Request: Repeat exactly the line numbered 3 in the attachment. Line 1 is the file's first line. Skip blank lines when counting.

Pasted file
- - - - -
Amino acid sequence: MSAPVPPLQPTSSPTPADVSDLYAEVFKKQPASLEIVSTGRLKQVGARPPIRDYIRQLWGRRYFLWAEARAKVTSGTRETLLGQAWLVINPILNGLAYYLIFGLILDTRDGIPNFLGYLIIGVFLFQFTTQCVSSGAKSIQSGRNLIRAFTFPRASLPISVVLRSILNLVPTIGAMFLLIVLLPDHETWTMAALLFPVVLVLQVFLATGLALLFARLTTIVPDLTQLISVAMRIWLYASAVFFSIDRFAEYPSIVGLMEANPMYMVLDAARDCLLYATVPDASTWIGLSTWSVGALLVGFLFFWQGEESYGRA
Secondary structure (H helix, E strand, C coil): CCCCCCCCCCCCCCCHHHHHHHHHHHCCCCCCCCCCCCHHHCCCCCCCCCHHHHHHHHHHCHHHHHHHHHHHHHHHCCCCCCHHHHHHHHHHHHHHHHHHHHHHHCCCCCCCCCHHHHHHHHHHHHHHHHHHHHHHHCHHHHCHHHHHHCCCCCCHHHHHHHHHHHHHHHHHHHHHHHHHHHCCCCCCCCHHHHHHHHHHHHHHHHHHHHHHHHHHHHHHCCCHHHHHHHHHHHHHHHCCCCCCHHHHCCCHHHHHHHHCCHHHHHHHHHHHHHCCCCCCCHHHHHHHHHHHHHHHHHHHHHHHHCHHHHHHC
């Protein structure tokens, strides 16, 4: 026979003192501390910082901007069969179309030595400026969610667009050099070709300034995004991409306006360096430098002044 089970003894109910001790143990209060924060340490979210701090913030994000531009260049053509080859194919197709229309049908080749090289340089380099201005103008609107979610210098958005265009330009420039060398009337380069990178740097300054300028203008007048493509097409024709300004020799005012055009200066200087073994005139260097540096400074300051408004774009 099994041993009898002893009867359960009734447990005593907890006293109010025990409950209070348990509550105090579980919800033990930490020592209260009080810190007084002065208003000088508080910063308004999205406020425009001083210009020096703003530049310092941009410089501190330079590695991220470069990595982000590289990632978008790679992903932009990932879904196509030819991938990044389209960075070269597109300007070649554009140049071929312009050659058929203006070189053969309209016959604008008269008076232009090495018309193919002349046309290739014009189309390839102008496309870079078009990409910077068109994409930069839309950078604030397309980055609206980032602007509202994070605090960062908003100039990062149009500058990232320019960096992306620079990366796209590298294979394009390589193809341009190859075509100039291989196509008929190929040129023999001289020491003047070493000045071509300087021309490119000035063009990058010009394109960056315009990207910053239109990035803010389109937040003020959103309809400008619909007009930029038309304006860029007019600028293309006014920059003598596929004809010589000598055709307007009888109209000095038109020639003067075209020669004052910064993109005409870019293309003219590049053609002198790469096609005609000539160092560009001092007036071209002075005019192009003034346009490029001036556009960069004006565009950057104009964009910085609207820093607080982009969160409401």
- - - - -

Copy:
């Protein structure tokens, strides 16, 4: 026979003192501390910082901007069969179309030595400026969610667009050099070709300034995004991409306006360096430098002044 089970003894109910001790143990209060924060340490979210701090913030994000531009260049053509080859194919197709229309049908080749090289340089380099201005103008609107979610210098958005265009330009420039060398009337380069990178740097300054300028203008007048493509097409024709300004020799005012055009200066200087073994005139260097540096400074300051408004774009 099994041993009898002893009867359960009734447990005593907890006293109010025990409950209070348990509550105090579980919800033990930490020592209260009080810190007084002065208003000088508080910063308004999205406020425009001083210009020096703003530049310092941009410089501190330079590695991220470069990595982000590289990632978008790679992903932009990932879904196509030819991938990044389209960075070269597109300007070649554009140049071929312009050659058929203006070189053969309209016959604008008269008076232009090495018309193919002349046309290739014009189309390839102008496309870079078009990409910077068109994409930069839309950078604030397309980055609206980032602007509202994070605090960062908003100039990062149009500058990232320019960096992306620079990366796209590298294979394009390589193809341009190859075509100039291989196509008929190929040129023999001289020491003047070493000045071509300087021309490119000035063009990058010009394109960056315009990207910053239109990035803010389109937040003020959103309809400008619909007009930029038309304006860029007019600028293309006014920059003598596929004809010589000598055709307007009888109209000095038109020639003067075209020669004052910064993109005409870019293309003219590049053609002198790469096609005609000539160092560009001092007036071209002075005019192009003034346009490029001036556009960069004006565009950057104009964009910085609207820093607080982009969160409401």